The new play is born somewhat from the other half of his professional life; his “day job” is as a civil litigator. It tracks the unbridled efforts of a personal injury lawyer to convince potential plaintiffs in an airplane crash case to hire her.
This work has had a transformative journey over six or seven years. A couple of seasons ago, the work bowed in a staged reading at the Maltz Jupiter Theatre. While there was some humor and satire, it came across as a relatively straightforward piece.
But Demos-Brown is one of the founding members of Zoetic Stage, the acclaimed professional theater cooperative that has premiered several of his works along with those of Miami playwright Michael McKeever.
Zoetic co-founder and primary director Stuart Meltzer, who has helmed many of Demos-Brown’s plays, said, “Seeing the play through the several years of development, I saw what he wanted to do.” Citing the second half of the title, Meltzer suggested a change in tone: “It kind of opened up in my head the kind of circus that is the industry that he works in.”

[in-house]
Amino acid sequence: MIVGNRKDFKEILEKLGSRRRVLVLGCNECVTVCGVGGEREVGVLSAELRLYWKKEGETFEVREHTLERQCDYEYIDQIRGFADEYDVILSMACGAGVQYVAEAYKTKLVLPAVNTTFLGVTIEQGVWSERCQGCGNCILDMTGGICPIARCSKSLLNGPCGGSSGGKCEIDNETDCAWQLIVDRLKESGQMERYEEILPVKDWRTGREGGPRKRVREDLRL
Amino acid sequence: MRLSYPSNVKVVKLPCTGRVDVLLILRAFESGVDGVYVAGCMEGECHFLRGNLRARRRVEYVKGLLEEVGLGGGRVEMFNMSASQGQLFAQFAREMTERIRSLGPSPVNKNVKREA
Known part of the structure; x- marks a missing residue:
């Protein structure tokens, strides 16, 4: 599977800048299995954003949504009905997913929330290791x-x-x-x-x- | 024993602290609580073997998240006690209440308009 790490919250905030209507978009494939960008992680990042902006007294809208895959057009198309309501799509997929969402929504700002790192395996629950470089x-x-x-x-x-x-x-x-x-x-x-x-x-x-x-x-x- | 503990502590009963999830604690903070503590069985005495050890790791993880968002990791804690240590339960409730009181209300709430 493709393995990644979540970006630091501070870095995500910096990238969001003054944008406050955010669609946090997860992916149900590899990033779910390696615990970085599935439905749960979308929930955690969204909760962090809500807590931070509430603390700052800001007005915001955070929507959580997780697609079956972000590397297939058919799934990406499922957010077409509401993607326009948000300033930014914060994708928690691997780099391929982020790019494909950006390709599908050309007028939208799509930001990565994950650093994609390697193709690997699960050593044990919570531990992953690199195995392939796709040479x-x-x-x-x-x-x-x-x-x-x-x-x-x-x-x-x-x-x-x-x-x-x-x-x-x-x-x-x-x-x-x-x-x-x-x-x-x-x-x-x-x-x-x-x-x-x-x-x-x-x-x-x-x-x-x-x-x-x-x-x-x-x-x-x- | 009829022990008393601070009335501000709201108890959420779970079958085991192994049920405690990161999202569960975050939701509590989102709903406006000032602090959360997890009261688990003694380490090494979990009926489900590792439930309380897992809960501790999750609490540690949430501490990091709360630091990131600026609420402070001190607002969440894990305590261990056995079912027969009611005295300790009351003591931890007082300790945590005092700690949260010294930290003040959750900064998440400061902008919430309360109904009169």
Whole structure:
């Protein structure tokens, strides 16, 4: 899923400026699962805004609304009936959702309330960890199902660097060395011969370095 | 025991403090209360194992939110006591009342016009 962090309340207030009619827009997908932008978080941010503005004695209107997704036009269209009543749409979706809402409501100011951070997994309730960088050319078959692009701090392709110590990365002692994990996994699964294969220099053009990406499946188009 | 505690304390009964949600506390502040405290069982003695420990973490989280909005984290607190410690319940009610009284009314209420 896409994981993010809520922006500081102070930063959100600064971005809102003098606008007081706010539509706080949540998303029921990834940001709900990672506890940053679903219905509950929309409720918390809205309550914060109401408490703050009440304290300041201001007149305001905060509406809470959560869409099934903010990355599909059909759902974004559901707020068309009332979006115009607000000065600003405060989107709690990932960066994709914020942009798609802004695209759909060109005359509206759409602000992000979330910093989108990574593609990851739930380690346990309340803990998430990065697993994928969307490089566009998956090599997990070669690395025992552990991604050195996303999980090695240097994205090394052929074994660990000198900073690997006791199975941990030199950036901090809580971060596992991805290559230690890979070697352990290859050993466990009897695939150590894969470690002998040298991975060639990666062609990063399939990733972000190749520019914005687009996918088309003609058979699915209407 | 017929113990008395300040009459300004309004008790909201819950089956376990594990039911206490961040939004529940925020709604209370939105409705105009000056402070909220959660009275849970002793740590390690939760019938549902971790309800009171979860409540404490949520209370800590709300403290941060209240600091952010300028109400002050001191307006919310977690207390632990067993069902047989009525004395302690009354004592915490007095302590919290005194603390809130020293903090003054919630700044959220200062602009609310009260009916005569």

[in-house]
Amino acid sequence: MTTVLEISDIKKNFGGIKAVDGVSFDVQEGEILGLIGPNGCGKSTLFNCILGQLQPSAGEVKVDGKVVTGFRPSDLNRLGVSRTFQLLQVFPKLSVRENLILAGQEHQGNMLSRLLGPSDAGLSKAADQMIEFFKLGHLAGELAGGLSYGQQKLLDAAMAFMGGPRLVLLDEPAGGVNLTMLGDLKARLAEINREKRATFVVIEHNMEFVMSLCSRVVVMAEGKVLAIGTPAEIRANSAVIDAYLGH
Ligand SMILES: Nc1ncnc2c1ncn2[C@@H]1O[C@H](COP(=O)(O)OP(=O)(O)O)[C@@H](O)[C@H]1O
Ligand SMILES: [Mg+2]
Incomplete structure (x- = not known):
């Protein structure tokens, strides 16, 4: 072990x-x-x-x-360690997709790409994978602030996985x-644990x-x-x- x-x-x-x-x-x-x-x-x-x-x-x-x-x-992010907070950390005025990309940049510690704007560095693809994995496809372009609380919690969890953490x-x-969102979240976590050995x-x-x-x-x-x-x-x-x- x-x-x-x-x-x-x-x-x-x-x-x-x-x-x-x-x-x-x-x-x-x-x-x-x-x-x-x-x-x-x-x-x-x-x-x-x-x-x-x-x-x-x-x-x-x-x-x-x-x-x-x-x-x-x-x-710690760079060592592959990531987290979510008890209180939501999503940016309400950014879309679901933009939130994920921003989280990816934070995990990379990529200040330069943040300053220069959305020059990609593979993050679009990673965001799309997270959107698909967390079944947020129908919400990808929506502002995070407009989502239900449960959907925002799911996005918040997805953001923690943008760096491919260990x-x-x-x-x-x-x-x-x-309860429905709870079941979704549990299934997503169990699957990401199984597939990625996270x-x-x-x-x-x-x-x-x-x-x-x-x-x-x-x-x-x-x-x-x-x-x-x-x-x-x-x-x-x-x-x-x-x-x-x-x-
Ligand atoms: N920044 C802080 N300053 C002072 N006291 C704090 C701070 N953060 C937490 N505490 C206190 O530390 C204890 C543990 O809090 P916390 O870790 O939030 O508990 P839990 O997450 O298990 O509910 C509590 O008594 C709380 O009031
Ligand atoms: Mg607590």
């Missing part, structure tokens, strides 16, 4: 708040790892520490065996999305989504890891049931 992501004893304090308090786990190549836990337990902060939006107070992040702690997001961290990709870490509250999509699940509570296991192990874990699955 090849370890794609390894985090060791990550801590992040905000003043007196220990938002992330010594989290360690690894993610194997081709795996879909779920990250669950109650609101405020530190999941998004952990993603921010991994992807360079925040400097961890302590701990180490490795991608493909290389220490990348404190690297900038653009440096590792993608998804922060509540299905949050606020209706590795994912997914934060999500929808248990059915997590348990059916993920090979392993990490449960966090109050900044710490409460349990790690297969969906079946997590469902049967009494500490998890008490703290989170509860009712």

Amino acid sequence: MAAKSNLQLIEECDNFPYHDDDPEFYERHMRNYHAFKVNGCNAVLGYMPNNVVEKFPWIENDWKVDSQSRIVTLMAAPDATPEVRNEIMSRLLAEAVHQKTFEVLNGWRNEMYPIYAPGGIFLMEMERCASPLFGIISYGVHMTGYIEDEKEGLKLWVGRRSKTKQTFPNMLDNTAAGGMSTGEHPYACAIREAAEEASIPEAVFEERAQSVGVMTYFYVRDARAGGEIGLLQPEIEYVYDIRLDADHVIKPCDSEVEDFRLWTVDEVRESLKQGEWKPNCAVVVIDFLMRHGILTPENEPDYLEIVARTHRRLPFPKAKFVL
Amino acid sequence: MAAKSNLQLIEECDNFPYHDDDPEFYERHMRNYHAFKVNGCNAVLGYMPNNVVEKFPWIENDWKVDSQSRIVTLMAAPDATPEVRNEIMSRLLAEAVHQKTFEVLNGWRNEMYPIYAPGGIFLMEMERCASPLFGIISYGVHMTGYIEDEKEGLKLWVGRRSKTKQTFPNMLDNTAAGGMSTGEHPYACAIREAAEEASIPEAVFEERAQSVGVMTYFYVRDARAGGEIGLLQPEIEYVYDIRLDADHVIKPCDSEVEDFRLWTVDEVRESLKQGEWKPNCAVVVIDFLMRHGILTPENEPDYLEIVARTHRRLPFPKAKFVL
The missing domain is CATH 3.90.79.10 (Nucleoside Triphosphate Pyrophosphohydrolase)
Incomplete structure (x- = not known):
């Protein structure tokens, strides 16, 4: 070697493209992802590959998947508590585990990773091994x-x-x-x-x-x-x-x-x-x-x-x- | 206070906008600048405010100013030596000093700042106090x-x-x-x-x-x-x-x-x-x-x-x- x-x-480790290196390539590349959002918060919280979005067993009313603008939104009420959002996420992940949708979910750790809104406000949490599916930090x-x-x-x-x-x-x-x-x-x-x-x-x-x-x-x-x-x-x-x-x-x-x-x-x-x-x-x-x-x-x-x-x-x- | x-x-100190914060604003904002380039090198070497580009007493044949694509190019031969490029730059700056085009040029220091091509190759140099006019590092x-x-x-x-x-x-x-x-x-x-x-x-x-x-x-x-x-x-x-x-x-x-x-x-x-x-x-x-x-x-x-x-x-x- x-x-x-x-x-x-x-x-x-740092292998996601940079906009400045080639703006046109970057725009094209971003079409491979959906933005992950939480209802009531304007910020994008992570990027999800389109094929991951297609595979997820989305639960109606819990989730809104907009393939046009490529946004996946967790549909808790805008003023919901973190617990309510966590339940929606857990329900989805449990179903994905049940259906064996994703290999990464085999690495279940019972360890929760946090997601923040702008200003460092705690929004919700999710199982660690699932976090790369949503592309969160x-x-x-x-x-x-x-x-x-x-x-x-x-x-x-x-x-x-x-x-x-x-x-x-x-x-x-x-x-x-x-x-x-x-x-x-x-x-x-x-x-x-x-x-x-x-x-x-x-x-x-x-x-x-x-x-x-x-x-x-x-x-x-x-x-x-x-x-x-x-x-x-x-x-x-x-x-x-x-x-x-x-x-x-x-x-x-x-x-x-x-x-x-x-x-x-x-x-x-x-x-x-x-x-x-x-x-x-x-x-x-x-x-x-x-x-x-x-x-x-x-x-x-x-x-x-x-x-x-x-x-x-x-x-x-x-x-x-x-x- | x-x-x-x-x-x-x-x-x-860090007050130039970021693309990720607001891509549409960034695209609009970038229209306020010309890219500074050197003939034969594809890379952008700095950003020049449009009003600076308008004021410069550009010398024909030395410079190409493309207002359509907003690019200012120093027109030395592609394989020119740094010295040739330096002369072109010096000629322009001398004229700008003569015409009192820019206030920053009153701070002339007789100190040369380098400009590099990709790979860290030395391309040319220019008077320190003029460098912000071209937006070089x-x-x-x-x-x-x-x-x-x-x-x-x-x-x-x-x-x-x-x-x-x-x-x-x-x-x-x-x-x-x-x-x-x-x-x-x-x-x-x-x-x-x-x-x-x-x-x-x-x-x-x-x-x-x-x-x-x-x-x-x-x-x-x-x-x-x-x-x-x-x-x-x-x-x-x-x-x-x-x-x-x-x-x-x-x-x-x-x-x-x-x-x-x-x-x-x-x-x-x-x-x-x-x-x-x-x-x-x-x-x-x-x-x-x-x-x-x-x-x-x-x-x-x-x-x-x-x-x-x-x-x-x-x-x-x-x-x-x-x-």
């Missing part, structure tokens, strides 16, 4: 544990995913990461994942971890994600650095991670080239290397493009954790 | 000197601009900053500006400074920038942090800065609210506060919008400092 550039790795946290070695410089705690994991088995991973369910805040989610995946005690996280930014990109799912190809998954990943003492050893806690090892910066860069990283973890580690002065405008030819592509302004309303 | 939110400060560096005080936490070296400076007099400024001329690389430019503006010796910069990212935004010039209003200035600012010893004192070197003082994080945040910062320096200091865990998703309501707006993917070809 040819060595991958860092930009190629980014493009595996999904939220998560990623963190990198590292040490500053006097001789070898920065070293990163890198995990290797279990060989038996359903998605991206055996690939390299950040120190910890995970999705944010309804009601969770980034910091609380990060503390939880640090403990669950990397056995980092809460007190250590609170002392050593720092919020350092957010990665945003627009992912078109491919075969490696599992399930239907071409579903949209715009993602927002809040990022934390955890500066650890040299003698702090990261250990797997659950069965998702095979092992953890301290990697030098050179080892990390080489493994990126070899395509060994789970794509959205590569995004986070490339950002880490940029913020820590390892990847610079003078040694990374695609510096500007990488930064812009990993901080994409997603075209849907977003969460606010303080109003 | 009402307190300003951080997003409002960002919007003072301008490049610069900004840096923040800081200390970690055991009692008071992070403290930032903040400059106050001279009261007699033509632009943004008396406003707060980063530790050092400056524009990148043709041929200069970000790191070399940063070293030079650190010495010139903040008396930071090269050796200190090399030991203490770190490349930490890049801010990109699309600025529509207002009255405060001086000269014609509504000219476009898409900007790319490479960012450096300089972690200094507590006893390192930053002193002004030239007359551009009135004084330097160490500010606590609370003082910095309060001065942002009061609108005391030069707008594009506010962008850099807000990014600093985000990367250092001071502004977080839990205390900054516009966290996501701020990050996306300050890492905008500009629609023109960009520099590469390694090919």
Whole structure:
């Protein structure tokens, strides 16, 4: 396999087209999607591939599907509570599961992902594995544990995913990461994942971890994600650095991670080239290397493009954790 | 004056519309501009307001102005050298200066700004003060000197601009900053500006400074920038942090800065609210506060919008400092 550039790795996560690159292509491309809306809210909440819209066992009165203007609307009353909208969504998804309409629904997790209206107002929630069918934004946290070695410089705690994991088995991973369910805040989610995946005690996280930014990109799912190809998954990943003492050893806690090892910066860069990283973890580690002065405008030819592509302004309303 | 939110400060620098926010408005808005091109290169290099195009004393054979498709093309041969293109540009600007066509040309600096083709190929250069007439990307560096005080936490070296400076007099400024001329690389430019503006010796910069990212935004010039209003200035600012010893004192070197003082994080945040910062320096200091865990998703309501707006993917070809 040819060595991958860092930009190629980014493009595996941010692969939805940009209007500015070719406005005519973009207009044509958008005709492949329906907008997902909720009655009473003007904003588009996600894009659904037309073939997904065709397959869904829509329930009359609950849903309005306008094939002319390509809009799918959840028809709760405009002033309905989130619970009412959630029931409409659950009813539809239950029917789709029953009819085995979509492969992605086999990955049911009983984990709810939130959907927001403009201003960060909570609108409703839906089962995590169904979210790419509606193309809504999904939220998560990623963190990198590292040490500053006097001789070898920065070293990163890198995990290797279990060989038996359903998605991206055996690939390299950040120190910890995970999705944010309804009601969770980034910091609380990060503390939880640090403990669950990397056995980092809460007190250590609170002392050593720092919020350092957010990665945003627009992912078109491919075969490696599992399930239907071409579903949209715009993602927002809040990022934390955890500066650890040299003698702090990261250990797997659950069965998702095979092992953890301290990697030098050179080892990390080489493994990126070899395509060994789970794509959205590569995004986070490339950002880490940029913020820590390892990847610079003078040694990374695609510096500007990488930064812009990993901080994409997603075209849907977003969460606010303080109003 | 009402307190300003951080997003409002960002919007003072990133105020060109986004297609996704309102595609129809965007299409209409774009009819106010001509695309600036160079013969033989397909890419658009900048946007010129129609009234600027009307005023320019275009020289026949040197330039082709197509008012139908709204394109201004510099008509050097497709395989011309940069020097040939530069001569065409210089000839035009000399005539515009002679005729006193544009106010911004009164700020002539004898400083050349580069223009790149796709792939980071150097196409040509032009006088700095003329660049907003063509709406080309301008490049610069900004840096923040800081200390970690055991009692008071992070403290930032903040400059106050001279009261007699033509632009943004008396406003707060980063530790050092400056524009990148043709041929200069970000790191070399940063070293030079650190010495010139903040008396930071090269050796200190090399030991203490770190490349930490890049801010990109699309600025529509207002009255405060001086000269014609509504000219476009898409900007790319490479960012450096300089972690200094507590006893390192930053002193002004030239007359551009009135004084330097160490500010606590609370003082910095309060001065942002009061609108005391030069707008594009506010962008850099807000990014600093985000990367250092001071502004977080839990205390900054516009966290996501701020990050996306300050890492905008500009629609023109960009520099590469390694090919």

The play evolved, Demos-Brown said, “from a fairly simple standard kind of satiric comedy to something that is really broad and farcical. It’s definitely the broadest comedy I’ve tried to write.”
Meltzer said, “He wanted to take some risks than he was unaccustomed to…. I said if we open a door here (with the idea of metaphorical circus acts) we open other avenues. So we created a circus in the (performing) space.”
Indeed, the play is staged inside a circus ring with the audience surrounding the action on all sides. Vanessa Elise will play Death and other characters dressed as a clown. Laura Turnbull playing the central attorney gives a court summation balancing with an umbrella as she walks atop the ring.